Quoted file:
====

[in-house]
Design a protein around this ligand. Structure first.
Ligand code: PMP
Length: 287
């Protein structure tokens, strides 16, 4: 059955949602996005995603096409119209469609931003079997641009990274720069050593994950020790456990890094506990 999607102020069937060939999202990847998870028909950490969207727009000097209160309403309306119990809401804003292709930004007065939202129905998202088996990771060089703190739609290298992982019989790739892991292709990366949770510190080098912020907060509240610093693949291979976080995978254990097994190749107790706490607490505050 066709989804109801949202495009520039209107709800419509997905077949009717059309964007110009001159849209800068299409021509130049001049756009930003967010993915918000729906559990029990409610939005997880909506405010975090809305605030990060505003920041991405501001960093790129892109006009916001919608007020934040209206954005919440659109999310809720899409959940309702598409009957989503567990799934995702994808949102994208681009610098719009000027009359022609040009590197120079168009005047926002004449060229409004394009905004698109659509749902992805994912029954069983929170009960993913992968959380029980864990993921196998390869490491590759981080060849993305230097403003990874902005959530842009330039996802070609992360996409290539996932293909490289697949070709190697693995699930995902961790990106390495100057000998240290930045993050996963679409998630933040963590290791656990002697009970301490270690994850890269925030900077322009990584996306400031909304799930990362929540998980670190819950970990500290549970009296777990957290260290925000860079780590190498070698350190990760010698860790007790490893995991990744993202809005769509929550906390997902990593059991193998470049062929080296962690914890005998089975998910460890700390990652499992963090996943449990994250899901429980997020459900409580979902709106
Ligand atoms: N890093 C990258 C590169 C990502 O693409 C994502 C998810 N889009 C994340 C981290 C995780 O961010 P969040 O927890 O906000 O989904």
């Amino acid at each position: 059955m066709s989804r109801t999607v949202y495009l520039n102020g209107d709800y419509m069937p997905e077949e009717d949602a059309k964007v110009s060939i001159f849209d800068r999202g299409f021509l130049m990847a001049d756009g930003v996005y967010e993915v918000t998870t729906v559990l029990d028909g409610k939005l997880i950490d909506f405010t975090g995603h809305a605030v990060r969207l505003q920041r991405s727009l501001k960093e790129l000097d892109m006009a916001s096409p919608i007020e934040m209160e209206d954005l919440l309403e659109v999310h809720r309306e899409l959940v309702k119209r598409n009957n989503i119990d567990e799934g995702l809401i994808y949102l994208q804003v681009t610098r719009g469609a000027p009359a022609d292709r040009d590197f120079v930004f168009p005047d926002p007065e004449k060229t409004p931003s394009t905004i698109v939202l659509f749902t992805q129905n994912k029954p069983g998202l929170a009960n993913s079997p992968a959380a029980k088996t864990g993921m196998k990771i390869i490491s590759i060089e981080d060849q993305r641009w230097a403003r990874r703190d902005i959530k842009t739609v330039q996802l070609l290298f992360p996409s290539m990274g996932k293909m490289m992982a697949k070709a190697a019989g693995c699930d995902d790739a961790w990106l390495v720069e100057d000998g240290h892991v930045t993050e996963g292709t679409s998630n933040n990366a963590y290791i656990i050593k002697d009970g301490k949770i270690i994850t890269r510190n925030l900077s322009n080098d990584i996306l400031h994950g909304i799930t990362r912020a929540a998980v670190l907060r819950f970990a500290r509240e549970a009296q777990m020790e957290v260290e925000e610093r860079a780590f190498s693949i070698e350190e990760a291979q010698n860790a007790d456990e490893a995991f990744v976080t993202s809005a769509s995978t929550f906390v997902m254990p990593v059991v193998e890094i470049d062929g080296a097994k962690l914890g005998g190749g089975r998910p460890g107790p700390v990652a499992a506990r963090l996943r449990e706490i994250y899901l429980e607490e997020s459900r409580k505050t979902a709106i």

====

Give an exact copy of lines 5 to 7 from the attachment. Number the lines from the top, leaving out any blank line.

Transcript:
């Protein structure tokens, strides 16, 4: 059955949602996005995603096409119209469609931003079997641009990274720069050593994950020790456990890094506990 999607102020069937060939999202990847998870028909950490969207727009000097209160309403309306119990809401804003292709930004007065939202129905998202088996990771060089703190739609290298992982019989790739892991292709990366949770510190080098912020907060509240610093693949291979976080995978254990097994190749107790706490607490505050 066709989804109801949202495009520039209107709800419509997905077949009717059309964007110009001159849209800068299409021509130049001049756009930003967010993915918000729906559990029990409610939005997880909506405010975090809305605030990060505003920041991405501001960093790129892109006009916001919608007020934040209206954005919440659109999310809720899409959940309702598409009957989503567990799934995702994808949102994208681009610098719009000027009359022609040009590197120079168009005047926002004449060229409004394009905004698109659509749902992805994912029954069983929170009960993913992968959380029980864990993921196998390869490491590759981080060849993305230097403003990874902005959530842009330039996802070609992360996409290539996932293909490289697949070709190697693995699930995902961790990106390495100057000998240290930045993050996963679409998630933040963590290791656990002697009970301490270690994850890269925030900077322009990584996306400031909304799930990362929540998980670190819950970990500290549970009296777990957290260290925000860079780590190498070698350190990760010698860790007790490893995991990744993202809005769509929550906390997902990593059991193998470049062929080296962690914890005998089975998910460890700390990652499992963090996943449990994250899901429980997020459900409580979902709106
Ligand atoms: N890093 C990258 C590169 C990502 O693409 C994502 C998810 N889009 C994340 C981290 C995780 O961010 P969040 O927890 O906000 O989904």
């Amino acid at each position: 059955m066709s989804r109801t999607v949202y495009l520039n102020g209107d709800y419509m069937p997905e077949e009717d949602a059309k964007v110009s060939i001159f849209d800068r999202g299409f021509l130049m990847a001049d756009g930003v996005y967010e993915v918000t998870t729906v559990l029990d028909g409610k939005l997880i950490d909506f405010t975090g995603h809305a605030v990060r969207l505003q920041r991405s727009l501001k960093e790129l000097d892109m006009a916001s096409p919608i007020e934040m209160e209206d954005l919440l309403e659109v999310h809720r309306e899409l959940v309702k119209r598409n009957n989503i119990d567990e799934g995702l809401i994808y949102l994208q804003v681009t610098r719009g469609a000027p009359a022609d292709r040009d590197f120079v930004f168009p005047d926002p007065e004449k060229t409004p931003s394009t905004i698109v939202l659509f749902t992805q129905n994912k029954p069983g998202l929170a009960n993913s079997p992968a959380a029980k088996t864990g993921m196998k990771i390869i490491s590759i060089e981080d060849q993305r641009w230097a403003r990874r703190d902005i959530k842009t739609v330039q996802l070609l290298f992360p996409s290539m990274g996932k293909m490289m992982a697949k070709a190697a019989g693995c699930d995902d790739a961790w990106l390495v720069e100057d000998g240290h892991v930045t993050e996963g292709t679409s998630n933040n990366a963590y290791i656990i050593k002697d009970g301490k949770i270690i994850t890269r510190n925030l900077s322009n080098d990584i996306l400031h994950g909304i799930t990362r912020a929540a998980v670190l907060r819950f970990a500290r509240e549970a009296q777990m020790e957290v260290e925000e610093r860079a780590f190498s693949i070698e350190e990760a291979q010698n860790a007790d456990e490893a995991f990744v976080t993202s809005a769509s995978t929550f906390v997902m254990p990593v059991v193998e890094i470049d062929g080296a097994k962690l914890g005998g190749g089975r998910p460890g107790p700390v990652a499992a506990r963090l996943r449990e706490i994250y899901l429980e607490e997020s459900r409580k505050t979902a709106i």